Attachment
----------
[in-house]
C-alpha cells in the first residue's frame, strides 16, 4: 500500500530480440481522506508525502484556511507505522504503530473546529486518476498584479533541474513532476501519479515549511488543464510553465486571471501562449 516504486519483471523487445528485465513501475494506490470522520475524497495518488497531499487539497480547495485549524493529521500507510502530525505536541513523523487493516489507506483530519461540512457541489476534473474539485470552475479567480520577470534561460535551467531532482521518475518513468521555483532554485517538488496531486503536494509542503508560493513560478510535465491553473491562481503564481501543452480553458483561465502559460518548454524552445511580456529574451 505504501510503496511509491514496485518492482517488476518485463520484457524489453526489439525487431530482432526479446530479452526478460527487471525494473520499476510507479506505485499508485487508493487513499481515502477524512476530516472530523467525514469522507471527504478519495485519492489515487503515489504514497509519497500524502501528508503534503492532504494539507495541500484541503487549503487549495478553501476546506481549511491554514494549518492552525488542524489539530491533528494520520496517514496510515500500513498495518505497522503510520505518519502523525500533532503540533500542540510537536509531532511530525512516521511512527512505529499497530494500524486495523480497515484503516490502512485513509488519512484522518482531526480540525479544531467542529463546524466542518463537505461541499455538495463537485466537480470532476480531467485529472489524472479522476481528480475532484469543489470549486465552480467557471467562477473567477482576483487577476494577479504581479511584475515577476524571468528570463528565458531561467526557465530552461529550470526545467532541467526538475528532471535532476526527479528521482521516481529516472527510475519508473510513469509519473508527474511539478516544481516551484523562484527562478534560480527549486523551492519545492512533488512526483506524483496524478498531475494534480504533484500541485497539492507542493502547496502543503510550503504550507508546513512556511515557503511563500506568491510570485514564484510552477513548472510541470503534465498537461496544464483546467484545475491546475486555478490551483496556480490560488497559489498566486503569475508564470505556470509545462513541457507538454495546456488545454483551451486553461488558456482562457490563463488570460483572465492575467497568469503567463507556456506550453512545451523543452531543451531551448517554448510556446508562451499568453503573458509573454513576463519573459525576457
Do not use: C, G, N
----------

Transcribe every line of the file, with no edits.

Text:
[in-house]
C-alpha cells in the first residue's frame, strides 16, 4: 500500500530480440481522506508525502484556511507505522504503530473546529486518476498584479533541474513532476501519479515549511488543464510553465486571471501562449 516504486519483471523487445528485465513501475494506490470522520475524497495518488497531499487539497480547495485549524493529521500507510502530525505536541513523523487493516489507506483530519461540512457541489476534473474539485470552475479567480520577470534561460535551467531532482521518475518513468521555483532554485517538488496531486503536494509542503508560493513560478510535465491553473491562481503564481501543452480553458483561465502559460518548454524552445511580456529574451 505504501510503496511509491514496485518492482517488476518485463520484457524489453526489439525487431530482432526479446530479452526478460527487471525494473520499476510507479506505485499508485487508493487513499481515502477524512476530516472530523467525514469522507471527504478519495485519492489515487503515489504514497509519497500524502501528508503534503492532504494539507495541500484541503487549503487549495478553501476546506481549511491554514494549518492552525488542524489539530491533528494520520496517514496510515500500513498495518505497522503510520505518519502523525500533532503540533500542540510537536509531532511530525512516521511512527512505529499497530494500524486495523480497515484503516490502512485513509488519512484522518482531526480540525479544531467542529463546524466542518463537505461541499455538495463537485466537480470532476480531467485529472489524472479522476481528480475532484469543489470549486465552480467557471467562477473567477482576483487577476494577479504581479511584475515577476524571468528570463528565458531561467526557465530552461529550470526545467532541467526538475528532471535532476526527479528521482521516481529516472527510475519508473510513469509519473508527474511539478516544481516551484523562484527562478534560480527549486523551492519545492512533488512526483506524483496524478498531475494534480504533484500541485497539492507542493502547496502543503510550503504550507508546513512556511515557503511563500506568491510570485514564484510552477513548472510541470503534465498537461496544464483546467484545475491546475486555478490551483496556480490560488497559489498566486503569475508564470505556470509545462513541457507538454495546456488545454483551451486553461488558456482562457490563463488570460483572465492575467497568469503567463507556456506550453512545451523543452531543451531551448517554448510556446508562451499568453503573458509573454513576463519573459525576457
Do not use: C, G, N